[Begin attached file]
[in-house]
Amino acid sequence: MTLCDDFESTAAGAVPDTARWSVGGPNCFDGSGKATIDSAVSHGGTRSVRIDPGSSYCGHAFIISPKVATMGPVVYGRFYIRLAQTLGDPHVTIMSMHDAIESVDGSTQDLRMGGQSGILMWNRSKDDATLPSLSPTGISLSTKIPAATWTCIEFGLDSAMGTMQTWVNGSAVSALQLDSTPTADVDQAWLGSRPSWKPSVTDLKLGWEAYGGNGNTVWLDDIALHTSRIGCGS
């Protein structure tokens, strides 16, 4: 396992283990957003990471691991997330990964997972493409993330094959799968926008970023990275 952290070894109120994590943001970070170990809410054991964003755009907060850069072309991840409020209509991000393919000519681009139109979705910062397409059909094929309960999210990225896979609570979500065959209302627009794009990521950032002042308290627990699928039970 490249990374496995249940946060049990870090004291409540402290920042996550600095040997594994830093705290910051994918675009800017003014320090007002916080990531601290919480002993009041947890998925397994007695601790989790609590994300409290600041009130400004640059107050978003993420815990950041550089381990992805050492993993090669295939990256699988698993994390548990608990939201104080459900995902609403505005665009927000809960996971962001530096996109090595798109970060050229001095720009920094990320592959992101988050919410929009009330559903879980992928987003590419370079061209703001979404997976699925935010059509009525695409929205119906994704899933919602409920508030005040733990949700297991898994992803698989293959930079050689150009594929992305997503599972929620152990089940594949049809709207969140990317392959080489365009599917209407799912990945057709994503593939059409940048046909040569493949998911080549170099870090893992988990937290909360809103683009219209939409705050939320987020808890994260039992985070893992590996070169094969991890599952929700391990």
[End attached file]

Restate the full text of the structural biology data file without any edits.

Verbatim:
[in-house]
Amino acid sequence: MTLCDDFESTAAGAVPDTARWSVGGPNCFDGSGKATIDSAVSHGGTRSVRIDPGSSYCGHAFIISPKVATMGPVVYGRFYIRLAQTLGDPHVTIMSMHDAIESVDGSTQDLRMGGQSGILMWNRSKDDATLPSLSPTGISLSTKIPAATWTCIEFGLDSAMGTMQTWVNGSAVSALQLDSTPTADVDQAWLGSRPSWKPSVTDLKLGWEAYGGNGNTVWLDDIALHTSRIGCGS
């Protein structure tokens, strides 16, 4: 396992283990957003990471691991997330990964997972493409993330094959799968926008970023990275 952290070894109120994590943001970070170990809410054991964003755009907060850069072309991840409020209509991000393919000519681009139109979705910062397409059909094929309960999210990225896979609570979500065959209302627009794009990521950032002042308290627990699928039970 490249990374496995249940946060049990870090004291409540402290920042996550600095040997594994830093705290910051994918675009800017003014320090007002916080990531601290919480002993009041947890998925397994007695601790989790609590994300409290600041009130400004640059107050978003993420815990950041550089381990992805050492993993090669295939990256699988698993994390548990608990939201104080459900995902609403505005665009927000809960996971962001530096996109090595798109970060050229001095720009920094990320592959992101988050919410929009009330559903879980992928987003590419370079061209703001979404997976699925935010059509009525695409929205119906994704899933919602409920508030005040733990949700297991898994992803698989293959930079050689150009594929992305997503599972929620152990089940594949049809709207969140990317392959080489365009599917209407799912990945057709994503593939059409940048046909040569493949998911080549170099870090893992988990937290909360809103683009219209939409705050939320987020808890994260039992985070893992590996070169094969991890599952929700391990």